Bamburi Cement has partnered with the International Finance Corporation (IFC) on a gender programme that supports the company to increase procurement opportunities for women-owned enterprises in Kenya.
The move is aimed at boosting the participation of women in the supply chain.
IFC Country Manager for Kenya Amena Arif said the World Bank's investment arm is working with Bamburi Cement and the other partners in the Sourcing2Equal (S2E) programme to support women-owned businesses and increase their participation in corporate procurement.
"By helping businesses to work with more women-owned SMEs and supporting women entrepreneurs to be procurement ready, we can break down barriers and support more small businesses to grow.”
To boost the programme, the cement manufacturer has made three commitments under the partnership - to develop and implement a gender inclusive sourcing strategy and to collect gender-disaggregated procurement data.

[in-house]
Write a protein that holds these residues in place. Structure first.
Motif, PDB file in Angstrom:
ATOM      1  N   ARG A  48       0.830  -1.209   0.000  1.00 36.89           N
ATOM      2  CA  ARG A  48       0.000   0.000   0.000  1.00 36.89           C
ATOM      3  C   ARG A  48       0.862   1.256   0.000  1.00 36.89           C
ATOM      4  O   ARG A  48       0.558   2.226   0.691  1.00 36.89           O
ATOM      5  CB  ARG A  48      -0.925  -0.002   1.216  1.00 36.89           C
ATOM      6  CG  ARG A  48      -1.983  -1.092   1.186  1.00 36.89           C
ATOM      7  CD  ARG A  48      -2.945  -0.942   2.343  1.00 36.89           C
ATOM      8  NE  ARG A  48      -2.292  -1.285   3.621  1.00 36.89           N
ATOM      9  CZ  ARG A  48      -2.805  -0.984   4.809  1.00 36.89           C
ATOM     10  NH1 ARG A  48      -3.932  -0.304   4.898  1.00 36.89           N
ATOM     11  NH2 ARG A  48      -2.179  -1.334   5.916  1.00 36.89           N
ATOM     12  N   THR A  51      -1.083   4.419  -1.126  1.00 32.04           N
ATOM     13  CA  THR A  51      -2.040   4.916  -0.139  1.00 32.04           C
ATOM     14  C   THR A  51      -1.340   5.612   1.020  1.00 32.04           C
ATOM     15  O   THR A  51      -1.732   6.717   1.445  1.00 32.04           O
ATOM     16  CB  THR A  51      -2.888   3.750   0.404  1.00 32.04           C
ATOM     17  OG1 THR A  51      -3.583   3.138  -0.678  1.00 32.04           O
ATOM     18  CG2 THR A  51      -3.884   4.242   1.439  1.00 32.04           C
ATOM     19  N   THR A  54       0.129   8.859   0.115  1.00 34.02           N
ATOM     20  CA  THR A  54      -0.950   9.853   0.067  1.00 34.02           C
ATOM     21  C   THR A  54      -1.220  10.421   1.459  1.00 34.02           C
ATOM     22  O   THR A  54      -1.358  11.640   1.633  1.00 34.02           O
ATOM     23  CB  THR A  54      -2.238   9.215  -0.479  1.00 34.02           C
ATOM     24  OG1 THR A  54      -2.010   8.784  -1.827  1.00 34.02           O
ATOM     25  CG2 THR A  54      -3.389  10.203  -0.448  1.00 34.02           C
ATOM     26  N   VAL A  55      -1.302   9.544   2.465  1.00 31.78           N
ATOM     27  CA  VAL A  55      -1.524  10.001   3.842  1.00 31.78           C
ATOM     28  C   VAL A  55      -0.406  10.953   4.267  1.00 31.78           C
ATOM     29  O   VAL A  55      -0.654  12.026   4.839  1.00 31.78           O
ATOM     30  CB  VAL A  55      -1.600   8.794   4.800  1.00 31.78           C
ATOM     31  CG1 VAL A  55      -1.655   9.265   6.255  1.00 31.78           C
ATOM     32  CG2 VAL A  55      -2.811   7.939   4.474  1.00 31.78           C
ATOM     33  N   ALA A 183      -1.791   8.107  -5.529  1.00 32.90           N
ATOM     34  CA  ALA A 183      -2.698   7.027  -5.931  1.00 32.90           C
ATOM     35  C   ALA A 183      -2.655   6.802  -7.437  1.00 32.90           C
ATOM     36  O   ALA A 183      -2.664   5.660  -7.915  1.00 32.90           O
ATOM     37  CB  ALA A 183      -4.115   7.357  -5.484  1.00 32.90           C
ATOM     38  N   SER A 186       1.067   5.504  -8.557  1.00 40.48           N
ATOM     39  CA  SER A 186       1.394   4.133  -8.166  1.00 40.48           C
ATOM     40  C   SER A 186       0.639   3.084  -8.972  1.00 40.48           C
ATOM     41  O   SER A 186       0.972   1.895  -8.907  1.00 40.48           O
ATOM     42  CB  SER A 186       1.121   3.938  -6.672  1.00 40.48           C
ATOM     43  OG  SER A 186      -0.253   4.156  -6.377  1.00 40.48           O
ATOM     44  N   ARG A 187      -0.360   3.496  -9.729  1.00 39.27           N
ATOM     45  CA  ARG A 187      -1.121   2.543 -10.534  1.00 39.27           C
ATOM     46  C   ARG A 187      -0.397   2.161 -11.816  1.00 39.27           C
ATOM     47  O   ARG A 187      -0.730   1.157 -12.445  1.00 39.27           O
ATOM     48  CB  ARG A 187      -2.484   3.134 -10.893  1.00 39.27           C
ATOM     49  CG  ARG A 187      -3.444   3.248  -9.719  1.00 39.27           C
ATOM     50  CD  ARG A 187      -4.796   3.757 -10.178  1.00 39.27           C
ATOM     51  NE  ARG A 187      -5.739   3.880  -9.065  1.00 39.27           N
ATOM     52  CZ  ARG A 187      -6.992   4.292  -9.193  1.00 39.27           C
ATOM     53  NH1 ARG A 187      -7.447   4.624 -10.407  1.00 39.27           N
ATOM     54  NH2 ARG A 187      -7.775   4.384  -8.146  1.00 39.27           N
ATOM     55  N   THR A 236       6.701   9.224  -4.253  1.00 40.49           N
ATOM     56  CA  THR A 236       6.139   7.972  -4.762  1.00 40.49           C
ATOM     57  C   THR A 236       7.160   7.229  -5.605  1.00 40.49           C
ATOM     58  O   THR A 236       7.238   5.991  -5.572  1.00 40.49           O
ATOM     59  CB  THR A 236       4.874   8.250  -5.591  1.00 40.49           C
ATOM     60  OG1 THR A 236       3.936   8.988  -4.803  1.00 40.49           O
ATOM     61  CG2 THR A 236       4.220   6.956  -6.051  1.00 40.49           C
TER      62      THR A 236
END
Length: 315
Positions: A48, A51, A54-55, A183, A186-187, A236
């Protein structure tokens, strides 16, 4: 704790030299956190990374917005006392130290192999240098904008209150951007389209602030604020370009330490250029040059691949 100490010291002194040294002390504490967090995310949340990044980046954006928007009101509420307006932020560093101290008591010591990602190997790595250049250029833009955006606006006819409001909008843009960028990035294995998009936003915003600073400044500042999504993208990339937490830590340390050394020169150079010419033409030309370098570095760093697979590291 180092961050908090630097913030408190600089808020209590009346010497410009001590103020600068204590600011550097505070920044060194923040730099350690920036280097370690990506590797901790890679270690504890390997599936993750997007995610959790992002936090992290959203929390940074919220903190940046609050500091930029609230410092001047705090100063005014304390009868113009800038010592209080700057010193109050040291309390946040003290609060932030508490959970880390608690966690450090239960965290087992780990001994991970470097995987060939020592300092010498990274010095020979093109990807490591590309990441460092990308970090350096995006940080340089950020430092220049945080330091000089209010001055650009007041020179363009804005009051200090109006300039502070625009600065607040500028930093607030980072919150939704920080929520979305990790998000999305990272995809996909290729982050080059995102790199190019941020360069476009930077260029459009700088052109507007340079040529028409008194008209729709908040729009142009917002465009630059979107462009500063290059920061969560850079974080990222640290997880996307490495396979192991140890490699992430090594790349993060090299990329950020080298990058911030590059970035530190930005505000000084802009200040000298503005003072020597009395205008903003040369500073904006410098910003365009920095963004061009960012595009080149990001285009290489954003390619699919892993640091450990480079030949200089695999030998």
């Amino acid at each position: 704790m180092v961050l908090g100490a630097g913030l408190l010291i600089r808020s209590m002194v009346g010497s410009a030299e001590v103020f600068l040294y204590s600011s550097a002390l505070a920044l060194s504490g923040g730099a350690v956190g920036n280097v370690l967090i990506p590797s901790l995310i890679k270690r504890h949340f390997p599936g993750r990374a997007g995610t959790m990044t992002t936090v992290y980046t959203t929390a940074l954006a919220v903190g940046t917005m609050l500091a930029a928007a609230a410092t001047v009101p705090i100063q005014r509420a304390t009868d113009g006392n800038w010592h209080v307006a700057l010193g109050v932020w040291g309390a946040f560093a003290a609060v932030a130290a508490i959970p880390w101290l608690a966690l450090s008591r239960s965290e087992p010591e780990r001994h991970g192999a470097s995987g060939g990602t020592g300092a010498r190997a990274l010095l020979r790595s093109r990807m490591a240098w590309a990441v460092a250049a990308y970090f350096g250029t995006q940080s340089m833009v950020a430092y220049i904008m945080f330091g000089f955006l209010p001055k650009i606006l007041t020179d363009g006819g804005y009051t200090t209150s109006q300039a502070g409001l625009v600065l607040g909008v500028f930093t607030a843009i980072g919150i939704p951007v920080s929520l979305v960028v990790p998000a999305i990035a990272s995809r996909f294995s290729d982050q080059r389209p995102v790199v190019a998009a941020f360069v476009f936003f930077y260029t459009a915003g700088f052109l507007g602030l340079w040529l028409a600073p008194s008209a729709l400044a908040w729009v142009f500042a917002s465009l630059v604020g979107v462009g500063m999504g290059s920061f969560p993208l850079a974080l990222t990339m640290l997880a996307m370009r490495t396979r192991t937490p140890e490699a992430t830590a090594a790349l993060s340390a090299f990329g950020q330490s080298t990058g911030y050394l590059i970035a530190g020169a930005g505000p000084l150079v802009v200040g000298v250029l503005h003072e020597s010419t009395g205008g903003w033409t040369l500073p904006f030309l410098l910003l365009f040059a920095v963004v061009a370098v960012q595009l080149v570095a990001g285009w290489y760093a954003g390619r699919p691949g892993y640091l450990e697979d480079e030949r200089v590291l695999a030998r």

The firm will also invest in a targeted supplier outreach programme that will raise awareness on procurement opportunities at the company among women-owned businesses.
Through the supplier outreach programme, Bamburi Cement will hold business match-making events and pitching lessons to empower women-owned small and medium enterprises (WSMEs) to participate actively in procurement.
It will also conduct awareness and advocacy activities to help promote the business case for sourcing from women-owned businesses.
The partnership will help Bamburi diversify its supply chain and support WSMEs to offer competitive products and services and provide them with the skills to meet procurement requirements in the private sector.
Bamburi Cement Managing Director, Seddiq Hassani said the firm's commitment to gender equity encompasses more than just internal targets. "Our commitment to ensuring Sustainable and Ethical business operations means that gender equity is a key part of our sustainable procurement agenda. This partnership with IFC is a key part of this delivery,” he said.
According to a 2021 survey conducted in Kenya by IFC, 33 per cent of SMEs are owned by women and contribute up to 20 per cent of the Gross Domestic Product (GDP).
In addition, 41 per cent of Women-owned Small Medium Enterprises are credit constrained - leading to their poor performance. Most of them even close down due to a lack of information on potential business opportunities in the private sector.